Distracting Dangers

Researcher developing monitoring systems for drivers using campus simulation lab

Driving simulator made of numerous projectors and a speaker system.PHOTO: Mike Scott

This simulator creates the illusion that a "driver" is traveling along a street with six overhead projectors beaming coordinated images to the walls and a computer sending corresponding images to the side and rearview mirrors. A speaker system provides sound and vibration, and the driver's seat pitches slightly on turns.

Connor Mulcahy (CWR '18) said he doesn't text and drive, fighting the temptation that can lead to distraction, which studies show so many other drivers succumb to each day.

But the recent biomedical engineering graduate "texted all the time" in 2017. He did it for science and he did it safely —"driving" in a stationary but realistic vehicle in the Driving Simulation Lab on the second floor of the Bingham Building at Case Western Reserve.

Mulcahy and other undergraduates helped with ongoing research in a laboratory run by Xiong (Bill) Yu, PhD, a civil engineering professor who is using the resulting data to develop smart sensors for automobiles to monitor drivers' heart rates, blood pressure, eye movements and other vitals. He started the lab in 2010 with a $150,000 National Science Foundation grant and $125,000 from the Ohio Board of Regents.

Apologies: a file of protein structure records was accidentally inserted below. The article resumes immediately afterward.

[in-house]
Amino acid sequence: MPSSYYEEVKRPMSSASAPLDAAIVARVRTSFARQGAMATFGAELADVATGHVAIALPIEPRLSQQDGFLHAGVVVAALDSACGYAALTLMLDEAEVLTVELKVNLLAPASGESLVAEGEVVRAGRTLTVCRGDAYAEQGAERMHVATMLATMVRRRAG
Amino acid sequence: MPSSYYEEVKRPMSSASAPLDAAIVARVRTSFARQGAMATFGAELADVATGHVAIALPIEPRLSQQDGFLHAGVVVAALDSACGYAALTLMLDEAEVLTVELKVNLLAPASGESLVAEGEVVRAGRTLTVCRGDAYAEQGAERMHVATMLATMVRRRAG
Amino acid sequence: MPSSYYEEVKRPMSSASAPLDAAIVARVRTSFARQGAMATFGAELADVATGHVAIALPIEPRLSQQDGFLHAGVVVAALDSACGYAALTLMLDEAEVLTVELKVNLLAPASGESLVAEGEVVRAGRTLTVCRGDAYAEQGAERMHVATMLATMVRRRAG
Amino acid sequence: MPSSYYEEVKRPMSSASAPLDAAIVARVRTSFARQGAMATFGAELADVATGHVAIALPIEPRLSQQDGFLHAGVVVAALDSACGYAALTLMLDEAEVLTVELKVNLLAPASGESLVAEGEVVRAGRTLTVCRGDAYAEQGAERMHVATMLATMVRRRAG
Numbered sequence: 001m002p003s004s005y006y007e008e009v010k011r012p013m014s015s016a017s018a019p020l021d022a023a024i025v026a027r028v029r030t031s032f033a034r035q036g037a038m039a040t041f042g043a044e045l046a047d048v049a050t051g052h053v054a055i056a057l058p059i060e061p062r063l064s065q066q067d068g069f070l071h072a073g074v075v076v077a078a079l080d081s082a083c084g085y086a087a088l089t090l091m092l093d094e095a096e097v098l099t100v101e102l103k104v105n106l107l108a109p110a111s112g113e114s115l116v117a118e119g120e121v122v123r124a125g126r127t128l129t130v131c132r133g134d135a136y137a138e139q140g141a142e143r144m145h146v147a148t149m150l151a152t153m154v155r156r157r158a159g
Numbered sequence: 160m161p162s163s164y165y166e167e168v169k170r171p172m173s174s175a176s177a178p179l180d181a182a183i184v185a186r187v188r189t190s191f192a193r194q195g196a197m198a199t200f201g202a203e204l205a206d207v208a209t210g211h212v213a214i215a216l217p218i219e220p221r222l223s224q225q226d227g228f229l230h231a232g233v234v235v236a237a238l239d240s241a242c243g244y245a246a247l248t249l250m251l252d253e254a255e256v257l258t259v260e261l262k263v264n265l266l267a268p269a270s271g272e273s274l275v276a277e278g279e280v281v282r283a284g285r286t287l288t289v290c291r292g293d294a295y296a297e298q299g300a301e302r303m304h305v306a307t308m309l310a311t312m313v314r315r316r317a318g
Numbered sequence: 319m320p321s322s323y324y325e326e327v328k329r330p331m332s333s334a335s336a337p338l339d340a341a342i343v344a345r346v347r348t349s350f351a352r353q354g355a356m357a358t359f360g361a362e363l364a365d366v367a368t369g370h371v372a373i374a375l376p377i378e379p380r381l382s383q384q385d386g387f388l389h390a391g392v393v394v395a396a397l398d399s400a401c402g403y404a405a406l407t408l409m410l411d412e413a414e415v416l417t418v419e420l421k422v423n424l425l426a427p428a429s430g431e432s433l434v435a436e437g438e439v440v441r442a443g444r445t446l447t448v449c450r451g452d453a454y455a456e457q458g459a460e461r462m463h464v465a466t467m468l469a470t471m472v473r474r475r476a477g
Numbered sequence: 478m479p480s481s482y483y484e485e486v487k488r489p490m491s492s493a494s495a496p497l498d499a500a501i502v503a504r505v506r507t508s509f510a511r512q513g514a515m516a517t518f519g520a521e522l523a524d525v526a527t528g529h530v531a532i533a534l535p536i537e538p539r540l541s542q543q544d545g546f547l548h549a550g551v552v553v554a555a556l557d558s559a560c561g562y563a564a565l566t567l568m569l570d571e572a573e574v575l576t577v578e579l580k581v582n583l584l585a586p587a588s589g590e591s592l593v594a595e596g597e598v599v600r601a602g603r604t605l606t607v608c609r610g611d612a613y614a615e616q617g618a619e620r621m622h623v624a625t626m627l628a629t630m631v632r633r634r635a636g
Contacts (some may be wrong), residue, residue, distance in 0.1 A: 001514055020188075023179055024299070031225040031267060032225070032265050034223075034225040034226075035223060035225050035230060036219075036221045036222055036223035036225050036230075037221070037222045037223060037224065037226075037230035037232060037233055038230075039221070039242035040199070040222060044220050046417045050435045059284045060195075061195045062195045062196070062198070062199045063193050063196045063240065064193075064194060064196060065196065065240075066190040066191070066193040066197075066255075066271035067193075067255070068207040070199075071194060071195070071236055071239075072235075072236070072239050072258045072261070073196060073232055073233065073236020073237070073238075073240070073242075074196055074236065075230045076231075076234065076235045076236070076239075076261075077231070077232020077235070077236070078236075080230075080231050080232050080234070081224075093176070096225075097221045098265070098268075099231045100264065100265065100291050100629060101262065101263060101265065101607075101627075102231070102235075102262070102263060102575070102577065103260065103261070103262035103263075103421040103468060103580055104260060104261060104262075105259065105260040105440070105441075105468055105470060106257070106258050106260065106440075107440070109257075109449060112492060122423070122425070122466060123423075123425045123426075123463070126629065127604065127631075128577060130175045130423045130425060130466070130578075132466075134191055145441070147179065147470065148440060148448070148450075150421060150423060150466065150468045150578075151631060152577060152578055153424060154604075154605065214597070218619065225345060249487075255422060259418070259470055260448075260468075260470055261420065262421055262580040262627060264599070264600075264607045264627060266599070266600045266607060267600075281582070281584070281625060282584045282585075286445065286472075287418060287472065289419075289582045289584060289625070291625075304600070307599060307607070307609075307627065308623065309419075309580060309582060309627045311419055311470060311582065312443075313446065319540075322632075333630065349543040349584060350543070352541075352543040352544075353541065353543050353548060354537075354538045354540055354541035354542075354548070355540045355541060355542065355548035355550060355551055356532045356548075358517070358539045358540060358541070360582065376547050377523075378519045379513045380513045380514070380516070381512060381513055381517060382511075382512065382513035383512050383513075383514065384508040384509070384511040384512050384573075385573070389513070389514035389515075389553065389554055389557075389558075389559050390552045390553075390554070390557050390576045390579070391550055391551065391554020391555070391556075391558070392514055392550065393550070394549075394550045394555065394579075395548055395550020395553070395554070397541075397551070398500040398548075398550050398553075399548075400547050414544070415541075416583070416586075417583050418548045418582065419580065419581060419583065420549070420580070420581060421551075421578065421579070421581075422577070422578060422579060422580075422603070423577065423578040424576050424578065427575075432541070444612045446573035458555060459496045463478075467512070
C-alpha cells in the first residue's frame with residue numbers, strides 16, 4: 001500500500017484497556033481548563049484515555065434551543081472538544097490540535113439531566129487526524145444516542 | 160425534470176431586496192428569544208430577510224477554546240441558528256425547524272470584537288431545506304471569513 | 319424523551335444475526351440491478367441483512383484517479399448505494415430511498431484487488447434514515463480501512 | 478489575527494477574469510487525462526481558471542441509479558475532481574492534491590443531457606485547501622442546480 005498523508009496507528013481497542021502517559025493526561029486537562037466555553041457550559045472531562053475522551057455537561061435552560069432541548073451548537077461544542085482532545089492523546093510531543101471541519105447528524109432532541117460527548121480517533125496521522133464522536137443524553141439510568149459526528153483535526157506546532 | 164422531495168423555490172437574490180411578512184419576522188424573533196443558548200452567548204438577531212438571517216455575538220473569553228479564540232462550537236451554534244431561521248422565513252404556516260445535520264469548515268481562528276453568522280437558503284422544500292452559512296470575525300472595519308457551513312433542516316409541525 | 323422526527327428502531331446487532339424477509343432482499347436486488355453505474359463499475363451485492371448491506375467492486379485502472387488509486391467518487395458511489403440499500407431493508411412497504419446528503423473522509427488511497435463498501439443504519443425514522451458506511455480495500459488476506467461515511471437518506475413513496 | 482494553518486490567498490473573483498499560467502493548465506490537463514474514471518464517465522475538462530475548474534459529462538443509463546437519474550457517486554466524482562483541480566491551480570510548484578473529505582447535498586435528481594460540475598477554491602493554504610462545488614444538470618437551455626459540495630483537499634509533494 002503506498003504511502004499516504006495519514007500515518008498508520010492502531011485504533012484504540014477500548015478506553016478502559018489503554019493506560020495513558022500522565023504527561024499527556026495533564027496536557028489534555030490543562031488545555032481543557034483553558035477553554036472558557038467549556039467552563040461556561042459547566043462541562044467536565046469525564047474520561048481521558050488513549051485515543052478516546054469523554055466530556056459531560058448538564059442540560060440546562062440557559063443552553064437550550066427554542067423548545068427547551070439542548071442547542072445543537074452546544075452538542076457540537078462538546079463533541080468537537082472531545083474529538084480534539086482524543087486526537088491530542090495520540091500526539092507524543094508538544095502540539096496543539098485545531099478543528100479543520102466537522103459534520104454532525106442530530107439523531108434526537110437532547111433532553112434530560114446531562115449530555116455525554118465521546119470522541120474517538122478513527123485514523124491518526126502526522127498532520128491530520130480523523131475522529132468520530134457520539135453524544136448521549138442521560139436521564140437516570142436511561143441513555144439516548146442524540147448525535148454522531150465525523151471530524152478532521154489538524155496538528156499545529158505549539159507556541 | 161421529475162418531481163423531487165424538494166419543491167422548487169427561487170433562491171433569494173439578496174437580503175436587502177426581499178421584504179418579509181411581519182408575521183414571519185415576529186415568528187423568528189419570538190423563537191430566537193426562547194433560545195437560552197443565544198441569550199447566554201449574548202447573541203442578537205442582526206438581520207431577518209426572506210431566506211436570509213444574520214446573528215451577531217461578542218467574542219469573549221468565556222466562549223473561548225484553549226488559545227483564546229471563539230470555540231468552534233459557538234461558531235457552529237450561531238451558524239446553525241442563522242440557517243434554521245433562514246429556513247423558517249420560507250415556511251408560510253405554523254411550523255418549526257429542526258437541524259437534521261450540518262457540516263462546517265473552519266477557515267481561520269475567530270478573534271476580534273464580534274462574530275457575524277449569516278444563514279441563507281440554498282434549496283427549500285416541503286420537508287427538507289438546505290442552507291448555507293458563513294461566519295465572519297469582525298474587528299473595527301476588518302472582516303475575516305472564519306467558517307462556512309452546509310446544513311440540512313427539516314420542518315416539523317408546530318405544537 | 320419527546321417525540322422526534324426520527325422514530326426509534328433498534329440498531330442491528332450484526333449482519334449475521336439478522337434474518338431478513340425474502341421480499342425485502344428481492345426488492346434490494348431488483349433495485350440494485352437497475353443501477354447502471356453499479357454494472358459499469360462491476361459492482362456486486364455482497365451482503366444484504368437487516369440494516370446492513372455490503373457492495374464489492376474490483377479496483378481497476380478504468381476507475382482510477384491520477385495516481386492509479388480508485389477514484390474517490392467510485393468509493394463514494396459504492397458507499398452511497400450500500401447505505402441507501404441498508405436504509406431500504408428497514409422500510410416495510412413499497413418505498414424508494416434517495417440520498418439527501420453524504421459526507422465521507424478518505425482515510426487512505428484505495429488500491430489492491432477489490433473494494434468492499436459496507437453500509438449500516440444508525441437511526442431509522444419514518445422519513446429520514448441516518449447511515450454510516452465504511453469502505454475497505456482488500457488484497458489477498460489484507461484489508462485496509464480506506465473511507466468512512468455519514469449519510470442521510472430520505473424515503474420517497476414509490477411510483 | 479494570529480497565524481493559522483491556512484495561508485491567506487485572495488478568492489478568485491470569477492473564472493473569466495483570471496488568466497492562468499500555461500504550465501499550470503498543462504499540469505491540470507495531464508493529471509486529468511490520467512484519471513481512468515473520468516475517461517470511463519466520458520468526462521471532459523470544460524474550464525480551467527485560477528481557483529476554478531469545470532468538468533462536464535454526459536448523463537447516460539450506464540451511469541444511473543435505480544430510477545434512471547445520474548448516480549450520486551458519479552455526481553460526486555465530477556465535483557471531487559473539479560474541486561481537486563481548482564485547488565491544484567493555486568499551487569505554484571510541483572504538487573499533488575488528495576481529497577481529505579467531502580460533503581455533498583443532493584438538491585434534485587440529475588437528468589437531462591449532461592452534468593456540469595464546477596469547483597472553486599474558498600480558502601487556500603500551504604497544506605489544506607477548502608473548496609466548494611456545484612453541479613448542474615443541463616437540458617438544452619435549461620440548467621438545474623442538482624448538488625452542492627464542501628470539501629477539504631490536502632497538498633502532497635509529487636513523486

That funding allowed Yu to buy a pair of machines, including what he's been told is the state's first immersive, 360-degree wraparound driving simulator. It includes a modified front half of a Ford Fusion and creates the illusion for "drivers" that they're actually traveling along a street.

Yu has developed measures that signal distracted or otherwise inhibited driving. And he is closing in on developing technology such as "smart seat belts" embedded with his sensors to monitor drivers' condition and warn them of imminent danger.

"We can use all of this data to create an alarm system that tells you when your vitals have changed because you're drowsy or if you are driving even slightly erratically for any reason," said Yu, who is discussing commercial options for his work with the university's Technology Transfer Office. "This can help us be safer drivers."

Mulcahy agrees. "I think everyone knows it's a bad idea to text and drive, but [you] really don't get the impact until you see what we see in the simulator," he said.

—Mike Scott